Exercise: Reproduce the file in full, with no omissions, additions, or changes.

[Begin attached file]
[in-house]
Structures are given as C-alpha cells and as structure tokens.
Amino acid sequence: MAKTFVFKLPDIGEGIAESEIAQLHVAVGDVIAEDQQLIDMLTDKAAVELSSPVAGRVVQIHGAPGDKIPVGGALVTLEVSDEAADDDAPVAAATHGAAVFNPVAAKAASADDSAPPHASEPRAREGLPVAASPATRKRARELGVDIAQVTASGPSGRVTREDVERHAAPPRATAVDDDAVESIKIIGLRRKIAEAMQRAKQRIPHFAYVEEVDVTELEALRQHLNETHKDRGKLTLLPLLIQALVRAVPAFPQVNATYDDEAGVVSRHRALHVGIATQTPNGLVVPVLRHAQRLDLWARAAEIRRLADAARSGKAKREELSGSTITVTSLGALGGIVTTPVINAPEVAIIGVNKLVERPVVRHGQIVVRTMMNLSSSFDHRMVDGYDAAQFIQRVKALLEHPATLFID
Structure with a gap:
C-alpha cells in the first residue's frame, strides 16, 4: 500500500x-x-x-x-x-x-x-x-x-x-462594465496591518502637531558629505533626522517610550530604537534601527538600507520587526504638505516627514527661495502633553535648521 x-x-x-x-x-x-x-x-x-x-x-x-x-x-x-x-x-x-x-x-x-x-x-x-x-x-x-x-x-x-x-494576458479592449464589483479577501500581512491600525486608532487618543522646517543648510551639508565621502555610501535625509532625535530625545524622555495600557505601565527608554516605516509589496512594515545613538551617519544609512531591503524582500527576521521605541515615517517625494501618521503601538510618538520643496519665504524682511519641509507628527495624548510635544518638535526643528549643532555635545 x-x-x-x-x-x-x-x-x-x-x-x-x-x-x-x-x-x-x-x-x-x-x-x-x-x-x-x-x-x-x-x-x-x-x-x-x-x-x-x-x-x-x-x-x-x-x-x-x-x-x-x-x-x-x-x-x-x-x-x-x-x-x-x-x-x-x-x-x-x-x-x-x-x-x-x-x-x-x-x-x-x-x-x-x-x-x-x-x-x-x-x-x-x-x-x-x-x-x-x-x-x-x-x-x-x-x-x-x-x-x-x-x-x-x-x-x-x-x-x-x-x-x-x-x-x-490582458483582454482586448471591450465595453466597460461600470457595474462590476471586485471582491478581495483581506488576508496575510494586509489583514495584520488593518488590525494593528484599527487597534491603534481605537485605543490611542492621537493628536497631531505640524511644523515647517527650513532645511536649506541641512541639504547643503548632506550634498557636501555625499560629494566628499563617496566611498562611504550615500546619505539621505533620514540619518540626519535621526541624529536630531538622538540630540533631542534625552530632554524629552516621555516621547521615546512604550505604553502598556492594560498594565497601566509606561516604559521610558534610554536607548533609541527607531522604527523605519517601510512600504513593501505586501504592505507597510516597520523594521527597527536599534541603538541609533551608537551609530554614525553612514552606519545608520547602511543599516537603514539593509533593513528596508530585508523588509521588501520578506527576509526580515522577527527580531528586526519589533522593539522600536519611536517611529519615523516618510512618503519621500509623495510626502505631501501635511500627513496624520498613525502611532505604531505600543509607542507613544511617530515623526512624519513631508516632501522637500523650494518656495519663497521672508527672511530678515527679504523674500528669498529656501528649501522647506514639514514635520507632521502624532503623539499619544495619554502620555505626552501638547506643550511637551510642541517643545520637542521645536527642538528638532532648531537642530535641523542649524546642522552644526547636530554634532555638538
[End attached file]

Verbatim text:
[in-house]
Structures are given as C-alpha cells and as structure tokens.
Amino acid sequence: MAKTFVFKLPDIGEGIAESEIAQLHVAVGDVIAEDQQLIDMLTDKAAVELSSPVAGRVVQIHGAPGDKIPVGGALVTLEVSDEAADDDAPVAAATHGAAVFNPVAAKAASADDSAPPHASEPRAREGLPVAASPATRKRARELGVDIAQVTASGPSGRVTREDVERHAAPPRATAVDDDAVESIKIIGLRRKIAEAMQRAKQRIPHFAYVEEVDVTELEALRQHLNETHKDRGKLTLLPLLIQALVRAVPAFPQVNATYDDEAGVVSRHRALHVGIATQTPNGLVVPVLRHAQRLDLWARAAEIRRLADAARSGKAKREELSGSTITVTSLGALGGIVTTPVINAPEVAIIGVNKLVERPVVRHGQIVVRTMMNLSSSFDHRMVDGYDAAQFIQRVKALLEHPATLFID
Structure with a gap:
C-alpha cells in the first residue's frame, strides 16, 4: 500500500x-x-x-x-x-x-x-x-x-x-462594465496591518502637531558629505533626522517610550530604537534601527538600507520587526504638505516627514527661495502633553535648521 x-x-x-x-x-x-x-x-x-x-x-x-x-x-x-x-x-x-x-x-x-x-x-x-x-x-x-x-x-x-x-494576458479592449464589483479577501500581512491600525486608532487618543522646517543648510551639508565621502555610501535625509532625535530625545524622555495600557505601565527608554516605516509589496512594515545613538551617519544609512531591503524582500527576521521605541515615517517625494501618521503601538510618538520643496519665504524682511519641509507628527495624548510635544518638535526643528549643532555635545 x-x-x-x-x-x-x-x-x-x-x-x-x-x-x-x-x-x-x-x-x-x-x-x-x-x-x-x-x-x-x-x-x-x-x-x-x-x-x-x-x-x-x-x-x-x-x-x-x-x-x-x-x-x-x-x-x-x-x-x-x-x-x-x-x-x-x-x-x-x-x-x-x-x-x-x-x-x-x-x-x-x-x-x-x-x-x-x-x-x-x-x-x-x-x-x-x-x-x-x-x-x-x-x-x-x-x-x-x-x-x-x-x-x-x-x-x-x-x-x-x-x-x-x-x-x-490582458483582454482586448471591450465595453466597460461600470457595474462590476471586485471582491478581495483581506488576508496575510494586509489583514495584520488593518488590525494593528484599527487597534491603534481605537485605543490611542492621537493628536497631531505640524511644523515647517527650513532645511536649506541641512541639504547643503548632506550634498557636501555625499560629494566628499563617496566611498562611504550615500546619505539621505533620514540619518540626519535621526541624529536630531538622538540630540533631542534625552530632554524629552516621555516621547521615546512604550505604553502598556492594560498594565497601566509606561516604559521610558534610554536607548533609541527607531522604527523605519517601510512600504513593501505586501504592505507597510516597520523594521527597527536599534541603538541609533551608537551609530554614525553612514552606519545608520547602511543599516537603514539593509533593513528596508530585508523588509521588501520578506527576509526580515522577527527580531528586526519589533522593539522600536519611536517611529519615523516618510512618503519621500509623495510626502505631501501635511500627513496624520498613525502611532505604531505600543509607542507613544511617530515623526512624519513631508516632501522637500523650494518656495519663497521672508527672511530678515527679504523674500528669498529656501528649501522647506514639514514635520507632521502624532503623539499619544495619554502620555505626552501638547506643550511637551510642541517643545520637542521645536527642538528638532532648531537642530535641523542649524546642522552644526547636530554634532555638538